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Karen Pence says no candidate "who puts himself above the Constitution" should be president

Karen Pence talks 2024 race, new book
Karen Pence says no candidate "who puts himself above the Constitution" should be president 06:58

Karen Pence, the former second lady of the United States, was asked on "CBS Mornings" Wednesday whether former President Donald Trump — who remains the Republican frontrunner in the 2024 presidential race — should be back in the White House. 

"I don't think anybody who puts himself above the Constitution should ever be president of the United States," Pence said.

Pence said her husband, former Vice President Mike Pence, and Trump governed as conservatives after they were elected to lead the country in 2016, but that Trump has since "stepped away" from "conservative foundations" — "and you see it in a lot of the things that he's been saying recently." This change, Karen Pence said, was a factor in her husband's decision to run for president himself in 2024.

"That was kind of the impetus for Mike saying, 'I think I need to run. I think I need to stand for those things that we did in the Trump-Pence administration because I'm a true conservative,' and he's been a conservative forever," said Pence. 

Mike Pence will be on stage Wednesday night at the Reagan Presidential Library in California for the second primary debate, joining six other candidates who are seeking the Republican nomination for president. Trump is skipping the debate and will instead speak in Detroit.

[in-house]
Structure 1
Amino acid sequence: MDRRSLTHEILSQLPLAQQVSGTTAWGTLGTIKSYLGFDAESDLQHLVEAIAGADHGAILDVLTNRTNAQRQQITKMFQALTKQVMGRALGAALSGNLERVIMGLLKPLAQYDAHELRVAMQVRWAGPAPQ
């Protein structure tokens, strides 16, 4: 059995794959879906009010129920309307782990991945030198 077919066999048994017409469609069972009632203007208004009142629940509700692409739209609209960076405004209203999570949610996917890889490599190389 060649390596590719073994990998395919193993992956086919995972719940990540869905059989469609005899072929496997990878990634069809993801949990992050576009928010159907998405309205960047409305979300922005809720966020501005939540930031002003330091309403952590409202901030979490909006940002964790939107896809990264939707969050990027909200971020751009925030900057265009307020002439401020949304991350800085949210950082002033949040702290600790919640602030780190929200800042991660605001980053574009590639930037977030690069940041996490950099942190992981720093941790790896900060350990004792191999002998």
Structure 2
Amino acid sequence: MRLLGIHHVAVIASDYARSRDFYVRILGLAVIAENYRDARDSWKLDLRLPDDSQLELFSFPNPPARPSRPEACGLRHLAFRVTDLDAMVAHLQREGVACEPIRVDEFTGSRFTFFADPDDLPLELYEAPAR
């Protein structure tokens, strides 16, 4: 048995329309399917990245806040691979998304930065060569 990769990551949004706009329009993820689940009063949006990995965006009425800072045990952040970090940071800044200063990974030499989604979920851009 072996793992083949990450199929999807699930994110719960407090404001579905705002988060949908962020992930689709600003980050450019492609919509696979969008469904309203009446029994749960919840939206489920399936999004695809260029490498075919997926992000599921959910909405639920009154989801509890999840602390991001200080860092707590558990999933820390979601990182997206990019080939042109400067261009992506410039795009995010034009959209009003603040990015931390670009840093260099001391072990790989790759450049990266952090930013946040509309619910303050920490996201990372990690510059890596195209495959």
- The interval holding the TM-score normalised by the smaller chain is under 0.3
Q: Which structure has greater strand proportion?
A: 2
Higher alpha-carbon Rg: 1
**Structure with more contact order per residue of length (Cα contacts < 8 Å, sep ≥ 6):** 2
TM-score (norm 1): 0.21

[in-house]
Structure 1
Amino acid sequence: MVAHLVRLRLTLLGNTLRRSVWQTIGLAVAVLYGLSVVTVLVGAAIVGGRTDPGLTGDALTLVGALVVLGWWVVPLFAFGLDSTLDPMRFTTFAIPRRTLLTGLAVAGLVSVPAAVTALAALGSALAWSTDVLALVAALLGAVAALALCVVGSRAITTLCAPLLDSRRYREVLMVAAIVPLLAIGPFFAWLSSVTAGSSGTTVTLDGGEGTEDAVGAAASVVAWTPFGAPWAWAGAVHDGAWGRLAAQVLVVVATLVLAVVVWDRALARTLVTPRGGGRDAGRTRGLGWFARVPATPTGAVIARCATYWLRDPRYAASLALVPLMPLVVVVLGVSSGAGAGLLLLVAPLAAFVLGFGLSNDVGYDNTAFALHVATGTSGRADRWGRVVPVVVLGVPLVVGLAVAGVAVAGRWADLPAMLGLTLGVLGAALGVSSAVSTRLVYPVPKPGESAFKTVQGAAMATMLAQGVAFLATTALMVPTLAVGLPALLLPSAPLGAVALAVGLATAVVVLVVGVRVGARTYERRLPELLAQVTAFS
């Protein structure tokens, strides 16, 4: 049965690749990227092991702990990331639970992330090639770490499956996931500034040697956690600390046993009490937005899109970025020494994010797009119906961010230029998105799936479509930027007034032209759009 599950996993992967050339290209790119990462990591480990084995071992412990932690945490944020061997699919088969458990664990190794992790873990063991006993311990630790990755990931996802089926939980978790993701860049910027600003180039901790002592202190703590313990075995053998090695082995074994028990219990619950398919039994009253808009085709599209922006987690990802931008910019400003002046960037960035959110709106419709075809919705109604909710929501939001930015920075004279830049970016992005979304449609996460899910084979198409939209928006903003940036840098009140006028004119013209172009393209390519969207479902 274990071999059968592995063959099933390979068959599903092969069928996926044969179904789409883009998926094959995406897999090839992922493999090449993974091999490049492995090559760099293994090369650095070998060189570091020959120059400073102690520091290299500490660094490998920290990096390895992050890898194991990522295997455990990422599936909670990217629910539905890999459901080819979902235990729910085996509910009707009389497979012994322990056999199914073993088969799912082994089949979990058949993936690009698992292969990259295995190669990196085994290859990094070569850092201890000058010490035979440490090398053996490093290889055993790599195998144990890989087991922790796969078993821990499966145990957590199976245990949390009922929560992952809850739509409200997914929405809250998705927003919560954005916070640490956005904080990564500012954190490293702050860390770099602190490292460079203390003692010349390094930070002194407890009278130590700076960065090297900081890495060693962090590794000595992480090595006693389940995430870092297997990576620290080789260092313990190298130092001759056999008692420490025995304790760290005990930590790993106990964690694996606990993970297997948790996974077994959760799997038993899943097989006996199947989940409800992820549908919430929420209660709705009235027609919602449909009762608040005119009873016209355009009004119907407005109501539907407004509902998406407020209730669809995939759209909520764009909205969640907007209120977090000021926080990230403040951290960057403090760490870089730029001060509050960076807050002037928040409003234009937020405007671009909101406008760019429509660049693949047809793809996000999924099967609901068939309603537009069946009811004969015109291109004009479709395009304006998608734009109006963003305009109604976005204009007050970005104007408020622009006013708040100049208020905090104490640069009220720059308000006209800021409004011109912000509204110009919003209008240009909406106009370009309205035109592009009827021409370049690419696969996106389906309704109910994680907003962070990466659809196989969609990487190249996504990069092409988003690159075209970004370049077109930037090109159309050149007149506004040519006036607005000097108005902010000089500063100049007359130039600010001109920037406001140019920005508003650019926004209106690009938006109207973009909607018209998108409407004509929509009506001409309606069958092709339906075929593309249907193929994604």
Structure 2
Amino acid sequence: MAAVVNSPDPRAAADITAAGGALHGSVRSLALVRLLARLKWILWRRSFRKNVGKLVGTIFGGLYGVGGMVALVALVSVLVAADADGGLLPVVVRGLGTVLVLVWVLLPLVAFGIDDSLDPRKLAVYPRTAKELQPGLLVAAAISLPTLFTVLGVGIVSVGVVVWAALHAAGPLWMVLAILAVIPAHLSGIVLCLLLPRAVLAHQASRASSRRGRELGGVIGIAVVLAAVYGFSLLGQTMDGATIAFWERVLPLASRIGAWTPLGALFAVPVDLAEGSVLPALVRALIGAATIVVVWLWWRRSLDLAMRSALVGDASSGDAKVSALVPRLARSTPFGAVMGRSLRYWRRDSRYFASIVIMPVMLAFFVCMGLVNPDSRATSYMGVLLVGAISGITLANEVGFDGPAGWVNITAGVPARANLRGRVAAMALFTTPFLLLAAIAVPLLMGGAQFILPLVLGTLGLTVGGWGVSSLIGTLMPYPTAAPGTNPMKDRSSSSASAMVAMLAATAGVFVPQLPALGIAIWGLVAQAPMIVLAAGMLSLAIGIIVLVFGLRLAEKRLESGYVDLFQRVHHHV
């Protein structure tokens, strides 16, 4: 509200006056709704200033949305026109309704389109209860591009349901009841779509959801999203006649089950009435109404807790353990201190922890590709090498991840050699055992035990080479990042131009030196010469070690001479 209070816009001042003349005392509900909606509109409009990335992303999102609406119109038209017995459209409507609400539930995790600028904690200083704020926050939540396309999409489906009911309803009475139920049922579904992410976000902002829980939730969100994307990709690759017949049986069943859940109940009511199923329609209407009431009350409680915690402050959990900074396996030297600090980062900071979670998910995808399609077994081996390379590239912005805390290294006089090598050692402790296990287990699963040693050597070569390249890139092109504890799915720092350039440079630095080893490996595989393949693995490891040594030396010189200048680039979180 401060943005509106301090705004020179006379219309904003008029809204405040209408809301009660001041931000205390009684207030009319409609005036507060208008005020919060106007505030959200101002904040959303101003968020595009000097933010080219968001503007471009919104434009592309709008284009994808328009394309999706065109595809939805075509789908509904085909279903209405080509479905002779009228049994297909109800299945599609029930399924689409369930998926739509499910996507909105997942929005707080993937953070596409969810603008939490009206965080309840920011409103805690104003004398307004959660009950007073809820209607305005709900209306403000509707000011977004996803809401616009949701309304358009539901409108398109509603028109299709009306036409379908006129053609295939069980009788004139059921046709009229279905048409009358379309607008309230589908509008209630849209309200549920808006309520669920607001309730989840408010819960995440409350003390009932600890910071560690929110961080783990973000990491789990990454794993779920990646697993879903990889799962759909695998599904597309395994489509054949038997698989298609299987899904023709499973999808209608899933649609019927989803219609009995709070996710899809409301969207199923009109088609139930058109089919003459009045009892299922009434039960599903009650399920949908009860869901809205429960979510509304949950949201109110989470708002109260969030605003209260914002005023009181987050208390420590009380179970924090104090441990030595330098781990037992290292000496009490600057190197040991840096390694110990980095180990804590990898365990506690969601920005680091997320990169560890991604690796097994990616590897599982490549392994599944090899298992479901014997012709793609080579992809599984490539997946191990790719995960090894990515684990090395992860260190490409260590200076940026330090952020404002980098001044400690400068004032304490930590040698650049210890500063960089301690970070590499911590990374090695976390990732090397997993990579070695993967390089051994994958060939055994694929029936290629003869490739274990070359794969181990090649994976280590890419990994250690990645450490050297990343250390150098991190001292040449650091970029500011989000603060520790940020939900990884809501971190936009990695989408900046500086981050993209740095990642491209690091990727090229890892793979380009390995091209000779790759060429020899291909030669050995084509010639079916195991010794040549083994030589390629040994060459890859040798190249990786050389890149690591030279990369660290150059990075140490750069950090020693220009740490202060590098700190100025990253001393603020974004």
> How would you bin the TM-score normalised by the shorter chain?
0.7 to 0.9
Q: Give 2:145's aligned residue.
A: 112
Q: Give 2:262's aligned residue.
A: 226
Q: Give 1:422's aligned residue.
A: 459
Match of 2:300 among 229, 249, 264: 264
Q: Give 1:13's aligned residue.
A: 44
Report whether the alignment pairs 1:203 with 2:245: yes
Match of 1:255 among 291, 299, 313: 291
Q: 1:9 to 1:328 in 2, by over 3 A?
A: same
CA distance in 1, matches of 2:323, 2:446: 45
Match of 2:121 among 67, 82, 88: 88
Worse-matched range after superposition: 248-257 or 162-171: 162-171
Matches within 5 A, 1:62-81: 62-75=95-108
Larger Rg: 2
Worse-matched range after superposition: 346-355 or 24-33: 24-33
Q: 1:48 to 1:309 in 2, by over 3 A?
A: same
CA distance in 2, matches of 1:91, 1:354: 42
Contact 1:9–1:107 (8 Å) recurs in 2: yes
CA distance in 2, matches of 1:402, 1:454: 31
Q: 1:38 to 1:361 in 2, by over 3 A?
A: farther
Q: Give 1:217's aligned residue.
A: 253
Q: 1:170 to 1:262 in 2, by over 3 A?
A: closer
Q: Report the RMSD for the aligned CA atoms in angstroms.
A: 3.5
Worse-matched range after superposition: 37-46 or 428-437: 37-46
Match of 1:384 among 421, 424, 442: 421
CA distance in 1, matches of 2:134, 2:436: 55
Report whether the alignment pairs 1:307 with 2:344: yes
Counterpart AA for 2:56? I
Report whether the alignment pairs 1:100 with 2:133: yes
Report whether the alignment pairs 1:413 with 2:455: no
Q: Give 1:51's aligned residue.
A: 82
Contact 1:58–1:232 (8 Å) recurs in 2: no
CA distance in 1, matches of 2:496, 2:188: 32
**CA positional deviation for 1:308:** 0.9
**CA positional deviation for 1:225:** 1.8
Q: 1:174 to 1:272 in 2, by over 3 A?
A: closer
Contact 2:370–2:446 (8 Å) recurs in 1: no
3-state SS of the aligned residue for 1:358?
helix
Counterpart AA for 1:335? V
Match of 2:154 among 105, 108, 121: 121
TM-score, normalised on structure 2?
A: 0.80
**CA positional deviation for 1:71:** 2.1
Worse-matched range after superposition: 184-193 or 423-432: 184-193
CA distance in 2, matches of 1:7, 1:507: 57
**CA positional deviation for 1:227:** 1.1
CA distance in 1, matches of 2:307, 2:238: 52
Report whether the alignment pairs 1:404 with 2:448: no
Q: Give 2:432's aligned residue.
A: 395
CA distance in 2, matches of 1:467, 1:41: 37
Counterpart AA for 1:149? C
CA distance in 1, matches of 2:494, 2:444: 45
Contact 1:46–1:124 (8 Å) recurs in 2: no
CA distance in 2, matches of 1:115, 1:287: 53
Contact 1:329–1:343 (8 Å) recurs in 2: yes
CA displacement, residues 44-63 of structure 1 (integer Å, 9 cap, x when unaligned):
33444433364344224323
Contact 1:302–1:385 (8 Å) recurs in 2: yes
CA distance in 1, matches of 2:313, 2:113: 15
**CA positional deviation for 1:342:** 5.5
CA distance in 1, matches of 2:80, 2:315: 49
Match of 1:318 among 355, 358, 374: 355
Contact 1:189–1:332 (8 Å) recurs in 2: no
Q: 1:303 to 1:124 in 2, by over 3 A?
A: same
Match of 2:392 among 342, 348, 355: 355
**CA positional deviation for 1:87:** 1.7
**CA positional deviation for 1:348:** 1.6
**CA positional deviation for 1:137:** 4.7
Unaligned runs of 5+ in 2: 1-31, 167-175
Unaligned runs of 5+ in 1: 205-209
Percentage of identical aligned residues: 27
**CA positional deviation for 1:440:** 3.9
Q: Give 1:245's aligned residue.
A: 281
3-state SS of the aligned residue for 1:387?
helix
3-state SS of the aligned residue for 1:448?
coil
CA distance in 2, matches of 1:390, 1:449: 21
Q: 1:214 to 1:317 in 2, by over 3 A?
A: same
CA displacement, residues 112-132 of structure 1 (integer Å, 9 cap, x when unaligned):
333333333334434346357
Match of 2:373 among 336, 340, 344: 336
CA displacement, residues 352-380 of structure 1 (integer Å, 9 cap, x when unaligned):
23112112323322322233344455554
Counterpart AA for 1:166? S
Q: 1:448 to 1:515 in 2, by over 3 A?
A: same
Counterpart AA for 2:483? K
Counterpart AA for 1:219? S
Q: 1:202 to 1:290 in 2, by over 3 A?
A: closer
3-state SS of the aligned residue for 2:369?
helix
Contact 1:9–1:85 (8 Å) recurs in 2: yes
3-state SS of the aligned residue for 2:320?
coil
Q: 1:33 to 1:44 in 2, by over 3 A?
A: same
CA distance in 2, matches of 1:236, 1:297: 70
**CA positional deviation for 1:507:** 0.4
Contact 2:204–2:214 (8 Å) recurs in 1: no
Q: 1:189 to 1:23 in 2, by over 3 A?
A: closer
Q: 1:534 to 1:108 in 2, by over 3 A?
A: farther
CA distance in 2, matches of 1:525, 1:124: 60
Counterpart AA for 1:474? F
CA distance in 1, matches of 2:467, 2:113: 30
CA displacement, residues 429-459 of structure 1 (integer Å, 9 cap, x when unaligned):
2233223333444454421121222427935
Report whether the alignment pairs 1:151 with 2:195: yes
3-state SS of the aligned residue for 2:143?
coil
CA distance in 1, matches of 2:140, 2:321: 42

When questioned about Trump's enduring support among conservative Christians, Pence said it will be interesting to see how the upcoming election unfolds.

"I think if people start listening to the things that he's saying, they'll start to kind of question, 'Well, wait a minute. That's not what you said four or five years ago,'" she said.

In her new book, "When It's Your Turn to Serve: Experiencing God's Grace in His Calling for Your Life," which was released on Tuesday, Pence details her journey as a political spouse guided by her faith. She said she did not intend for it to be a political memoir, but aimed to inspire readers to serve when they feel a calling.

"If I had said no to a lot of the things that came my way, I would have missed out on so much," she said.

The book details her life and the initiatives she had as second lady of the U.S. and the first lady of Indiana. Only a page and a half of the book is dedicated to the Capitol riots on Jan. 6, 2021, which took place as Mike Pence was in the midst of leading a joint session of Congress. The angry mob broke into the Capitol building to try to stop them from counting the 2020 Electoral College votes and affirming Joe Biden as president-elect. 

Pence said her husband has talked "extensively" about that day, and that she felt a sense of calm and purpose among her team during those moments.

"I felt such a sense of calm and peace … But at that moment, it's like the whole team had this sense of purpose. Like, 'Okay, we can't, we can't worry about everything else that's going on. Right now, we need to get us back in session. We need to finish our job. We need to certify this election," she said. 

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